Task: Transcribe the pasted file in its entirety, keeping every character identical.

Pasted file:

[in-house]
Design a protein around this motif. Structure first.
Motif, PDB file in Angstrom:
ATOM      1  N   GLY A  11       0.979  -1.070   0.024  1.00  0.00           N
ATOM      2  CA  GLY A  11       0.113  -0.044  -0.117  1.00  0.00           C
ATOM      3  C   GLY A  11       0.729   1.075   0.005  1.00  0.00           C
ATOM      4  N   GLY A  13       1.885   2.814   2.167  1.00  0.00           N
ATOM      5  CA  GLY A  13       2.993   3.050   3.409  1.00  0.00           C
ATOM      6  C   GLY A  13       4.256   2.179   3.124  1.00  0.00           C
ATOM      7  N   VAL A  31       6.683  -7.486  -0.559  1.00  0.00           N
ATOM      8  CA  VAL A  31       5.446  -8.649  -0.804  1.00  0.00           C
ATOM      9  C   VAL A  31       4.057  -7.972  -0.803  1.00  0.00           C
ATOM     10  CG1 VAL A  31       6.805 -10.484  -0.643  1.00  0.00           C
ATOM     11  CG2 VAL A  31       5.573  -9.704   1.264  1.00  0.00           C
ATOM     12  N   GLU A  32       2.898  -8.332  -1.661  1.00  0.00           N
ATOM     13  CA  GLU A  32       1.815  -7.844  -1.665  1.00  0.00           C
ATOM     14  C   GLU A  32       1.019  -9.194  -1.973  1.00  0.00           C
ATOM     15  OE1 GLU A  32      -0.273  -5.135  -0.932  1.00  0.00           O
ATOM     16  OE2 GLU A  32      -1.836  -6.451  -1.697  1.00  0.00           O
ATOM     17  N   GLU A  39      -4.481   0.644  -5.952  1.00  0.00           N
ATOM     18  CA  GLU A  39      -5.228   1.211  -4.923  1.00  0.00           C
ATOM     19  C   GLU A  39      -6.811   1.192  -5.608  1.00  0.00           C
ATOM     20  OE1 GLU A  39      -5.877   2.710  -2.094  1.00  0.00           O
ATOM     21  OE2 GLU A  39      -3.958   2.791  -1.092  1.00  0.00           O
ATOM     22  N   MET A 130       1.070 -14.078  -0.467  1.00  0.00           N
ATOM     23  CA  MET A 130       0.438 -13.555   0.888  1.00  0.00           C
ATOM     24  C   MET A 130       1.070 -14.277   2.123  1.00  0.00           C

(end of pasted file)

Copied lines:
[in-house]
Design a protein around this motif. Structure first.
Motif, PDB file in Angstrom:
ATOM      1  N   GLY A  11       0.979  -1.070   0.024  1.00  0.00           N
ATOM      2  CA  GLY A  11       0.113  -0.044  -0.117  1.00  0.00           C
ATOM      3  C   GLY A  11       0.729   1.075   0.005  1.00  0.00           C
ATOM      4  N   GLY A  13       1.885   2.814   2.167  1.00  0.00           N
ATOM      5  CA  GLY A  13       2.993   3.050   3.409  1.00  0.00           C
ATOM      6  C   GLY A  13       4.256   2.179   3.124  1.00  0.00           C
ATOM      7  N   VAL A  31       6.683  -7.486  -0.559  1.00  0.00           N
ATOM      8  CA  VAL A  31       5.446  -8.649  -0.804  1.00  0.00           C
ATOM      9  C   VAL A  31       4.057  -7.972  -0.803  1.00  0.00           C
ATOM     10  CG1 VAL A  31       6.805 -10.484  -0.643  1.00  0.00           C
ATOM     11  CG2 VAL A  31       5.573  -9.704   1.264  1.00  0.00           C
ATOM     12  N   GLU A  32       2.898  -8.332  -1.661  1.00  0.00           N
ATOM     13  CA  GLU A  32       1.815  -7.844  -1.665  1.00  0.00           C
ATOM     14  C   GLU A  32       1.019  -9.194  -1.973  1.00  0.00           C
ATOM     15  OE1 GLU A  32      -0.273  -5.135  -0.932  1.00  0.00           O
ATOM     16  OE2 GLU A  32      -1.836  -6.451  -1.697  1.00  0.00           O
ATOM     17  N   GLU A  39      -4.481   0.644  -5.952  1.00  0.00           N
ATOM     18  CA  GLU A  39      -5.228   1.211  -4.923  1.00  0.00           C
ATOM     19  C   GLU A  39      -6.811   1.192  -5.608  1.00  0.00           C
ATOM     20  OE1 GLU A  39      -5.877   2.710  -2.094  1.00  0.00           O
ATOM     21  OE2 GLU A  39      -3.958   2.791  -1.092  1.00  0.00           O
ATOM     22  N   MET A 130       1.070 -14.078  -0.467  1.00  0.00           N
ATOM     23  CA  MET A 130       0.438 -13.555   0.888  1.00  0.00           C
ATOM     24  C   MET A 130       1.070 -14.277   2.123  1.00  0.00           C